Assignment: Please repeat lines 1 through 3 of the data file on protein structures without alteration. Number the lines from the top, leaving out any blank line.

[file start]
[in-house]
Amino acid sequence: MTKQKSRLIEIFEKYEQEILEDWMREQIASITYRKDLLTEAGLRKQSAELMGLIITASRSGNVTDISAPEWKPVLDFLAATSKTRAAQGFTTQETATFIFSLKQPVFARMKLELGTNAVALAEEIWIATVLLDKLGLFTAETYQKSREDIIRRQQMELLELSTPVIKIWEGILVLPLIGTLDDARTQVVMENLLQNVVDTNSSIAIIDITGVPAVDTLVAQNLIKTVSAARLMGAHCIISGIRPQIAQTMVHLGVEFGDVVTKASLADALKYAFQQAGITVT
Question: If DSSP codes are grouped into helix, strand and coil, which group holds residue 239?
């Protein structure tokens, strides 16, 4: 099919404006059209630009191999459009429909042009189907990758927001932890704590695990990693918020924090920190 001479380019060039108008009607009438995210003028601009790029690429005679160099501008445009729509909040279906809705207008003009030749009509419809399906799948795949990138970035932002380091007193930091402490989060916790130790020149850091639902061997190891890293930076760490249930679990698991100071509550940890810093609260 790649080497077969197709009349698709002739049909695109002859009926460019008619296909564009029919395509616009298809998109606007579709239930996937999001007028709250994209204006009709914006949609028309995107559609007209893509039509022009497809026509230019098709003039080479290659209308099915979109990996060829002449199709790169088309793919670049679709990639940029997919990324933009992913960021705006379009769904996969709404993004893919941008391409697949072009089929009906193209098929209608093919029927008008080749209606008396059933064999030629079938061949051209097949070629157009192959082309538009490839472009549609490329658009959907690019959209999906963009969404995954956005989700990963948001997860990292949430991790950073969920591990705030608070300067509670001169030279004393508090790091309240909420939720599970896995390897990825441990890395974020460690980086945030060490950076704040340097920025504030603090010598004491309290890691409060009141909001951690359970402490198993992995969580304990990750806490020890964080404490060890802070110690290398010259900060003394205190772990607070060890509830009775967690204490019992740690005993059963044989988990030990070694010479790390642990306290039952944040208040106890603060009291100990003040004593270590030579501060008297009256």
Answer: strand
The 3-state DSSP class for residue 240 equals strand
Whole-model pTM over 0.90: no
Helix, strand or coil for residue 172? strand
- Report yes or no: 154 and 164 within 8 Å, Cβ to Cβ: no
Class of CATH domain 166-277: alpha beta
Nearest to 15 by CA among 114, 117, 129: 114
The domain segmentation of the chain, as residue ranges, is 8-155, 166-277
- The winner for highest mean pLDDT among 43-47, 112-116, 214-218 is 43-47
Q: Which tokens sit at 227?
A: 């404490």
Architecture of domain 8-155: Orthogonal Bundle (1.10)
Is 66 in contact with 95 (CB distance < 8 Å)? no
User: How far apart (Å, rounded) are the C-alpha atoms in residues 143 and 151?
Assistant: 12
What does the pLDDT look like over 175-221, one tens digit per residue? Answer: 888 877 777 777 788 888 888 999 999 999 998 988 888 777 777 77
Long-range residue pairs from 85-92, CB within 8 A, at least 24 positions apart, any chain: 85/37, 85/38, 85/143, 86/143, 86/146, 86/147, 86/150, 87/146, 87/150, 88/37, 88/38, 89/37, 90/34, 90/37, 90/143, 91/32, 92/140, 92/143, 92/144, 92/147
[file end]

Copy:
[in-house]
Amino acid sequence: MTKQKSRLIEIFEKYEQEILEDWMREQIASITYRKDLLTEAGLRKQSAELMGLIITASRSGNVTDISAPEWKPVLDFLAATSKTRAAQGFTTQETATFIFSLKQPVFARMKLELGTNAVALAEEIWIATVLLDKLGLFTAETYQKSREDIIRRQQMELLELSTPVIKIWEGILVLPLIGTLDDARTQVVMENLLQNVVDTNSSIAIIDITGVPAVDTLVAQNLIKTVSAARLMGAHCIISGIRPQIAQTMVHLGVEFGDVVTKASLADALKYAFQQAGITVT
Question: If DSSP codes are grouped into helix, strand and coil, which group holds residue 239?